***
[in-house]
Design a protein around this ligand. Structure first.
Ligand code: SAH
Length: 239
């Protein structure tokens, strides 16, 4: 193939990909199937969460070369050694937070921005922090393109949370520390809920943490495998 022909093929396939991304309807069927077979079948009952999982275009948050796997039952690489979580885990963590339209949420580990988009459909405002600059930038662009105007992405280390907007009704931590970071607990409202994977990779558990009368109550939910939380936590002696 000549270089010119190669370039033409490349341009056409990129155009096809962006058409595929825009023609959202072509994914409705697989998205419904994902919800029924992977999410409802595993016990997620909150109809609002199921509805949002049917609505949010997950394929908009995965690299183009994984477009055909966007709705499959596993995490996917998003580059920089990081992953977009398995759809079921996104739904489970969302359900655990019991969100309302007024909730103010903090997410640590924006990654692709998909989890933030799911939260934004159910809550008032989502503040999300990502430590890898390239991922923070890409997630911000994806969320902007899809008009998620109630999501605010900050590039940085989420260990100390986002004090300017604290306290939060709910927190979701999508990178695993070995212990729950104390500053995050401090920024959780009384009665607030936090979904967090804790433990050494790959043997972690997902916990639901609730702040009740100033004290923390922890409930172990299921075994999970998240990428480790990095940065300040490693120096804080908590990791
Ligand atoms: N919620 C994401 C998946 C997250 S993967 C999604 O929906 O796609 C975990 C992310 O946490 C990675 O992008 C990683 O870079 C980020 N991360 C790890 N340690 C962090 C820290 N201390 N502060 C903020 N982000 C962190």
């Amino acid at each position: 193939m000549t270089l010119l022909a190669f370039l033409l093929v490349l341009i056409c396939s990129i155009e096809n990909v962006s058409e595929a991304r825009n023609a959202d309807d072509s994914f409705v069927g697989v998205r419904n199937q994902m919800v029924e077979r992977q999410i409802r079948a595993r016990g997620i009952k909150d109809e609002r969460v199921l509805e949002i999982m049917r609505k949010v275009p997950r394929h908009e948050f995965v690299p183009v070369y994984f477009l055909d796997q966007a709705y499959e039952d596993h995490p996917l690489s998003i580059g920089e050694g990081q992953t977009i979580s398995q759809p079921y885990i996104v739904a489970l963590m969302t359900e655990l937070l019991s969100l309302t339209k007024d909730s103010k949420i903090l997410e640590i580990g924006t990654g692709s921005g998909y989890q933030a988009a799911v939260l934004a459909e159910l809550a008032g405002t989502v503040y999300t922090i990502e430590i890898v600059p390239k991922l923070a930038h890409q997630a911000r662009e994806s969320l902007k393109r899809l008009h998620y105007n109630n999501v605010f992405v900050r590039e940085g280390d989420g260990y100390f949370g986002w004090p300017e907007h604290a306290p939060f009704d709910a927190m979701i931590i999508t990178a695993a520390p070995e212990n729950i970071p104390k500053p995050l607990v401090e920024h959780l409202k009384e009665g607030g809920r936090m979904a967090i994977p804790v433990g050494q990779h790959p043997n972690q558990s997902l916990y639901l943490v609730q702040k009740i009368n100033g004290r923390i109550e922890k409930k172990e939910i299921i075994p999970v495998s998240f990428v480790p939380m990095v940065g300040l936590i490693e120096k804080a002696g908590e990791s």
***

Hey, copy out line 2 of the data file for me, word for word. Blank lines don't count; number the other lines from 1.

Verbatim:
Design a protein around this ligand. Structure first.